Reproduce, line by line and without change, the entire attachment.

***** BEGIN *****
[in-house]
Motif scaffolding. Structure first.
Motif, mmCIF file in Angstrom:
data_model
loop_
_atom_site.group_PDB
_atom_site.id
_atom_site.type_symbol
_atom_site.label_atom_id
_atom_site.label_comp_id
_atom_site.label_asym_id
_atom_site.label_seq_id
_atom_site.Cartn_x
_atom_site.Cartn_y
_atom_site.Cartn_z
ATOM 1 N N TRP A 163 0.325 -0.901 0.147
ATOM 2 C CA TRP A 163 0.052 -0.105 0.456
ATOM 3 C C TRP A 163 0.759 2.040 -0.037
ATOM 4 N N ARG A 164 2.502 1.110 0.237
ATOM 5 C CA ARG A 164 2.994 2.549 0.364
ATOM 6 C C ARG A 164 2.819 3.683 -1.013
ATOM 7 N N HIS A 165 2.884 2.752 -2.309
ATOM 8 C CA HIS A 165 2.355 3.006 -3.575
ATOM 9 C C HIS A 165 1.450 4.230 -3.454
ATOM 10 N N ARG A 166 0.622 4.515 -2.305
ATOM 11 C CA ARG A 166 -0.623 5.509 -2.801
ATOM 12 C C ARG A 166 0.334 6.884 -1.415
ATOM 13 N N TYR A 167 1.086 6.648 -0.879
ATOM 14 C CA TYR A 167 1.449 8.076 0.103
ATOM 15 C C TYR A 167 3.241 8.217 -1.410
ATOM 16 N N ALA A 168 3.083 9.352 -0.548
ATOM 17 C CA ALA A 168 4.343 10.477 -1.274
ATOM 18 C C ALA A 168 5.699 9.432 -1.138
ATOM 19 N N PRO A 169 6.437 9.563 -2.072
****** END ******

[in-house]
Motif scaffolding. Structure first.
Motif, mmCIF file in Angstrom:
data_model
loop_
_atom_site.group_PDB
_atom_site.id
_atom_site.type_symbol
_atom_site.label_atom_id
_atom_site.label_comp_id
_atom_site.label_asym_id
_atom_site.label_seq_id
_atom_site.Cartn_x
_atom_site.Cartn_y
_atom_site.Cartn_z
ATOM 1 N N TRP A 163 0.325 -0.901 0.147
ATOM 2 C CA TRP A 163 0.052 -0.105 0.456
ATOM 3 C C TRP A 163 0.759 2.040 -0.037
ATOM 4 N N ARG A 164 2.502 1.110 0.237
ATOM 5 C CA ARG A 164 2.994 2.549 0.364
ATOM 6 C C ARG A 164 2.819 3.683 -1.013
ATOM 7 N N HIS A 165 2.884 2.752 -2.309
ATOM 8 C CA HIS A 165 2.355 3.006 -3.575
ATOM 9 C C HIS A 165 1.450 4.230 -3.454
ATOM 10 N N ARG A 166 0.622 4.515 -2.305
ATOM 11 C CA ARG A 166 -0.623 5.509 -2.801
ATOM 12 C C ARG A 166 0.334 6.884 -1.415
ATOM 13 N N TYR A 167 1.086 6.648 -0.879
ATOM 14 C CA TYR A 167 1.449 8.076 0.103
ATOM 15 C C TYR A 167 3.241 8.217 -1.410
ATOM 16 N N ALA A 168 3.083 9.352 -0.548
ATOM 17 C CA ALA A 168 4.343 10.477 -1.274
ATOM 18 C C ALA A 168 5.699 9.432 -1.138
ATOM 19 N N PRO A 169 6.437 9.563 -2.072